Nothing better demonstrates this one nation Government’s commitment to social justice than our plans to transform the education our children receive. Since 2010, our education reforms, underpinned by the hard work of teachers and school leaders, have tackled the failures of the past and made a remarkable difference to education in this country. Record numbers of children, for example, are now taught in good or outstanding schools - 1.4 million more pupils than in 2010 [i]. A record 18% of new teachers who started training in 2015 have a first class degree [ii] and 81% of teachers and senior leaders say behaviour in their schools is good or very good [iii].
However, the education we offer our children does not yet consistently compare well with education in other leading countries in the world. The excellence our reforms has unlocked in some parts of our schools system has not yet spread across the whole country. For example, 11 of the 16 English local authorities that have fewer than 60% of children attending good/outstanding schools, lower than national levels of GCSE attainment and where pupils make less than national levels of expected progress are in the North of England. Of the 173 failing secondary schools in the country, 130 are in the North and Midlands and 43 are in the South [iv].
We need to extend and embed the last Parliament’s reforms so that all pupils and families can benefit, wherever they live and whatever their circumstances.
Today I am publishing a White Paper which sets out our vision to achieve educational excellence everywhere, by providing a world class education to all children, regardless of where they live, or what their background is. The key elements of our approach are:
- an education system that ensures teachers get the respect they deserve and that we have consistently excellent teaching in our classrooms;
- support for existing leaders and help to develop the outstanding leaders of the future; an approach that allows great leaders to run more schools by removing the perverse incentives that prevent teachers from doing so;
- a dynamic school-led system where every school is an academy and where pupils, parents and communities are empowered to have a more significant voice in schools, and more schools working together in multi-academy trusts (MATs);
- preventing underperformance through support and autonomy, including transferring responsibility for school improvement from local authorities to those who know how to do this best: school leaders. There will also be a new focus on achieving excellence in areas where too few children have access to a good school and there are not yet enough high quality teachers, school and system leaders, governors and sponsors to turn them around;
- high expectations and a world-leading curriculum for all, so that all children receive an education that equips them with the knowledge and character traits necessary to succeed in 21st century Britain;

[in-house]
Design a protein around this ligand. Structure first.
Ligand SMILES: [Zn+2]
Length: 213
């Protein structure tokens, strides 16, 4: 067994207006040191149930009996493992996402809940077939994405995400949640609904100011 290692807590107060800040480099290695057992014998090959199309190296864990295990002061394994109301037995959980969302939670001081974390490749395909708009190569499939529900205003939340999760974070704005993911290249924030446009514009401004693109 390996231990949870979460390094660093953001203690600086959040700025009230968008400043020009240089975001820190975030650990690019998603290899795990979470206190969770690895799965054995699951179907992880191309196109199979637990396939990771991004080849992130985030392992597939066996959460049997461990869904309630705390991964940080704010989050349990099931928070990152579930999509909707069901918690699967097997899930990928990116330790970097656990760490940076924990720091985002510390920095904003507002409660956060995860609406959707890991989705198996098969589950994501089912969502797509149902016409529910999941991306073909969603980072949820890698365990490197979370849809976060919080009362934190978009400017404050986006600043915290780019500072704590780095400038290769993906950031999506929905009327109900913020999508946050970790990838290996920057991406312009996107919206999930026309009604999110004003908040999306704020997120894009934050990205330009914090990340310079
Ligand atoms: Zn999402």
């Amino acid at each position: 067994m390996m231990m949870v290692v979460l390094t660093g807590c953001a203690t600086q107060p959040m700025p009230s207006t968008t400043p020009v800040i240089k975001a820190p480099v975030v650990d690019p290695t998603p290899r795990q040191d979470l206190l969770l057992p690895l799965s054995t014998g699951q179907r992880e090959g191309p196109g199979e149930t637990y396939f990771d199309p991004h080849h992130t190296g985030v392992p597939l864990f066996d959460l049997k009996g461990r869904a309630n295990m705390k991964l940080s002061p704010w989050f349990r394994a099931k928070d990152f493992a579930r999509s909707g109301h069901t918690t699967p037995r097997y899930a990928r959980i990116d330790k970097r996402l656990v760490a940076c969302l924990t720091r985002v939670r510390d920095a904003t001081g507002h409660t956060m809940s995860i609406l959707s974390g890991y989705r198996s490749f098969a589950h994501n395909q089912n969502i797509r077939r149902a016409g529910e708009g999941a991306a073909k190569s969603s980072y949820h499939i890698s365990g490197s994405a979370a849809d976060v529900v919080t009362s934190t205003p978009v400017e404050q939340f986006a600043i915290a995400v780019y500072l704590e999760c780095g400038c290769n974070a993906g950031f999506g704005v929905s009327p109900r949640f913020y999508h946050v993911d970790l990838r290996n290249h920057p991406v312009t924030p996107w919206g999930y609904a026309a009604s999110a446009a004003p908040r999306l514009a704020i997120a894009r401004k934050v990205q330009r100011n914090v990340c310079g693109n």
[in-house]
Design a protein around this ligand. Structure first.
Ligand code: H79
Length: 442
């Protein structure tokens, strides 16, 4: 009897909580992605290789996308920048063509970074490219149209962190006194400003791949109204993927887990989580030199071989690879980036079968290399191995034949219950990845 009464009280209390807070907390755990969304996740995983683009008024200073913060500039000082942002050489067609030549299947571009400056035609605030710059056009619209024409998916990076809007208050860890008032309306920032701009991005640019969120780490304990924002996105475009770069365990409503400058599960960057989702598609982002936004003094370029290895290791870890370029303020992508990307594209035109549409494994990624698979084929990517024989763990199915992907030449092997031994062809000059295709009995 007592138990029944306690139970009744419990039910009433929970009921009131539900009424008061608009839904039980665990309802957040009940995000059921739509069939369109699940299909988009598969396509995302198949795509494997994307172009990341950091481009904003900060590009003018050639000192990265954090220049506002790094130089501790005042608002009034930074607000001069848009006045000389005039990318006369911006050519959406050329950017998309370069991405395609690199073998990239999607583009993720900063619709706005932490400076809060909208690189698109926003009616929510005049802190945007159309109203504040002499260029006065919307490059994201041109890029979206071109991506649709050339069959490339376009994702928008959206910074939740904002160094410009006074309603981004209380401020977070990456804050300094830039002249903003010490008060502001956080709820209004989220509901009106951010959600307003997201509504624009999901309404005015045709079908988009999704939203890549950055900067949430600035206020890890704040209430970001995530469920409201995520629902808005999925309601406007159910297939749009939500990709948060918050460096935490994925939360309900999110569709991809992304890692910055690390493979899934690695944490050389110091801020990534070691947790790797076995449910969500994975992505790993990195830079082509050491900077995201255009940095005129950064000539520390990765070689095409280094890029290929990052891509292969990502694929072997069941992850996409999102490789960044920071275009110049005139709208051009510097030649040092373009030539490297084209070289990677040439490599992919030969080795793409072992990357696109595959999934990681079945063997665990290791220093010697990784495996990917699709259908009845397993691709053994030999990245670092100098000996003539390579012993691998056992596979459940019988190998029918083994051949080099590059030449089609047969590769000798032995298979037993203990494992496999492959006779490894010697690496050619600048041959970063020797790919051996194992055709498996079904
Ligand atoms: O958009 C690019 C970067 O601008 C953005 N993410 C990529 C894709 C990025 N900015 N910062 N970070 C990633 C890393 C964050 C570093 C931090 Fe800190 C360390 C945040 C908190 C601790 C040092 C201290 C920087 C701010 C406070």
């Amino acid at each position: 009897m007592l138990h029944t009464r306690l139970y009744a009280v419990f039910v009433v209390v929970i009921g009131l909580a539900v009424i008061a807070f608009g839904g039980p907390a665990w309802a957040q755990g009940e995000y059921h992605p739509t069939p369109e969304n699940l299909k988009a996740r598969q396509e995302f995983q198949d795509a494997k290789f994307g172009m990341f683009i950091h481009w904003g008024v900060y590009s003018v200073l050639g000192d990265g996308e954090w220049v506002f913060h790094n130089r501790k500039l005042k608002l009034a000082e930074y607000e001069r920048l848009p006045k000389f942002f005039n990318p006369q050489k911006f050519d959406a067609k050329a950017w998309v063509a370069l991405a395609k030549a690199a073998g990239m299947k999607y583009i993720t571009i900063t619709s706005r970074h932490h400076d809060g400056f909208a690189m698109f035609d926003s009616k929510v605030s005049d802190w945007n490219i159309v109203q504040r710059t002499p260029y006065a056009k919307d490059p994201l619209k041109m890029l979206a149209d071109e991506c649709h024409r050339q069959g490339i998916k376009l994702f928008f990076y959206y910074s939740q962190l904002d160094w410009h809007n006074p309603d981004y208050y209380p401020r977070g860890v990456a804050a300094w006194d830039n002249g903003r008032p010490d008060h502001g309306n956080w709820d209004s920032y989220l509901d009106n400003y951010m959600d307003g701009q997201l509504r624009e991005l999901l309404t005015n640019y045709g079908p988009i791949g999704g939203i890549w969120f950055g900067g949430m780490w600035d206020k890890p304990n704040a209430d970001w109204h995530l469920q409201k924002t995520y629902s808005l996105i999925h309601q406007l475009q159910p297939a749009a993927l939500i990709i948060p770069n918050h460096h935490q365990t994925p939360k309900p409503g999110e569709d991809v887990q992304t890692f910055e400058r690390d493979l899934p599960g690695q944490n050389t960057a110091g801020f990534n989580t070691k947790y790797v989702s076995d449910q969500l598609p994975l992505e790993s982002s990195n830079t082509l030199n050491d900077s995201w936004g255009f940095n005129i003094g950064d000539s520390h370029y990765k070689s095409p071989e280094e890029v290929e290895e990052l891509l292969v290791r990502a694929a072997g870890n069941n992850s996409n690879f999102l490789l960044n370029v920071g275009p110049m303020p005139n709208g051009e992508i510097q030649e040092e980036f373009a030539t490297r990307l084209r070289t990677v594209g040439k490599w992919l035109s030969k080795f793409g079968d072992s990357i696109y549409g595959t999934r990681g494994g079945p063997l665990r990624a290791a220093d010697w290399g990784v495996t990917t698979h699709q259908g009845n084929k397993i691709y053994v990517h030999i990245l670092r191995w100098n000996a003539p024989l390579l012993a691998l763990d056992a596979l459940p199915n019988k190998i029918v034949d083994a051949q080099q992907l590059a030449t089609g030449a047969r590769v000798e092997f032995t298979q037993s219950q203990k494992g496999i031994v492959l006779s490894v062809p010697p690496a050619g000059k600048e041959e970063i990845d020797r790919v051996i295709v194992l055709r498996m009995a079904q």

- fair, stretching accountability that focusses on tackling underperformance; rewarding schools on the basis of the progress their pupils make; and incentivising strong leaders to take over underperforming schools; and
- the right resources in the right hands: investing every penny where it can do the most good – through new, fair, national funding formulae for schools, improved effectiveness of the pupil premium and making the best possible use of resources.
We believe that the fastest and most sustainable way for schools to improve is for government to trust this country’s most effective education leaders on the front line, holding them to account for unapologetically high standards for every child, but letting them determine how to reach them. This system will respond to performance, extending the reach of the most successful leaders and acting promptly by intervening where performance is not good enough. It will also ensure they have the necessary tools to seize the opportunities provided by greater autonomy.
Our approach will take our self-improving school-led system to the next level; building capacity and setting up schools to use their freedoms effectively, rather than just intervening in cases of failure. We are providing not just autonomy, but supported autonomy, as the best approach to improve education everywhere.
The approach outlined in this ambitious White Paper represents our best chance of achieving the educational excellence that every child and young person deserves. The White Paper has been placed in the Libraries of both Houses.
[i] Ofsted Annual Report 2014/15: Educations and Skills: https://www.gov.uk/government/publications/ofsted-annual-report-201415-education-and-skills
[ii] ITT census 2015/16: https://www.gov.uk/government/statistics/initial-teacher-training-trainee-number-census-2015-to-2016
[iii] Teacher Voice Omnibus June 2015: (https://www.gov.uk/government/uploads/system/uploads/attachment_data/file/483275/DFE-RR493_Teacher_voice_omnibus_questions_for_DfE_-_June_2015.pdf)
[iv] Ofsted Annual Report 2014/15: Educations and Skills: https://www.gov.uk/government/publications/ofsted-annual-report-201415-education-and-skills
This statement has also been made in the House of Lords: